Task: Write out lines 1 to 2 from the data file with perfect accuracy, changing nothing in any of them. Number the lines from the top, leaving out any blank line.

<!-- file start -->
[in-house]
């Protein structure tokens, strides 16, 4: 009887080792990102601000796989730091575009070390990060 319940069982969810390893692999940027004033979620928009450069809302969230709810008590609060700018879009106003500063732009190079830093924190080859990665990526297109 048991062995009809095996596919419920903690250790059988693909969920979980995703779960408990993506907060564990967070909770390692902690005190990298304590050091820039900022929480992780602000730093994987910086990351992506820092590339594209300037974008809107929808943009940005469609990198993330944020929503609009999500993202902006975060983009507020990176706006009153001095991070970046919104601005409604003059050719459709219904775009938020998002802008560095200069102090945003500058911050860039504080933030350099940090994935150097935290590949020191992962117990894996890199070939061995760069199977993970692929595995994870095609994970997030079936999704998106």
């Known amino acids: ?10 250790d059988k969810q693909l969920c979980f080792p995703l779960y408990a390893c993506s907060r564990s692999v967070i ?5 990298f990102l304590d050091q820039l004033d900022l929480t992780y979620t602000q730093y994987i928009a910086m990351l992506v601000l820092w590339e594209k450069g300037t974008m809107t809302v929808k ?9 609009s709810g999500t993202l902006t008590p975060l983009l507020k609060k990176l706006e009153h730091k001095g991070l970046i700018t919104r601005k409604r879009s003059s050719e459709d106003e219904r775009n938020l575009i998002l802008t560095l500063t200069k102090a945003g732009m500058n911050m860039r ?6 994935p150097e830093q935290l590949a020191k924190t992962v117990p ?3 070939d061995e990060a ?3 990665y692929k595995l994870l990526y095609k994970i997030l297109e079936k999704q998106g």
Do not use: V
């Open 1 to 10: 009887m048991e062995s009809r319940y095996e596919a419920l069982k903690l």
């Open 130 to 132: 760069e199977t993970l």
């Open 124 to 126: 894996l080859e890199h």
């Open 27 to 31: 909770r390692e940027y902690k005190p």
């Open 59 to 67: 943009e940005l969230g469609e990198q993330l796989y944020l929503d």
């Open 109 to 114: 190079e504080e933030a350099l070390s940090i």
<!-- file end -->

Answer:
[in-house]
């Protein structure tokens, strides 16, 4: 009887080792990102601000796989730091575009070390990060 319940069982969810390893692999940027004033979620928009450069809302969230709810008590609060700018879009106003500063732009190079830093924190080859990665990526297109 048991062995009809095996596919419920903690250790059988693909969920979980995703779960408990993506907060564990967070909770390692902690005190990298304590050091820039900022929480992780602000730093994987910086990351992506820092590339594209300037974008809107929808943009940005469609990198993330944020929503609009999500993202902006975060983009507020990176706006009153001095991070970046919104601005409604003059050719459709219904775009938020998002802008560095200069102090945003500058911050860039504080933030350099940090994935150097935290590949020191992962117990894996890199070939061995760069199977993970692929595995994870095609994970997030079936999704998106």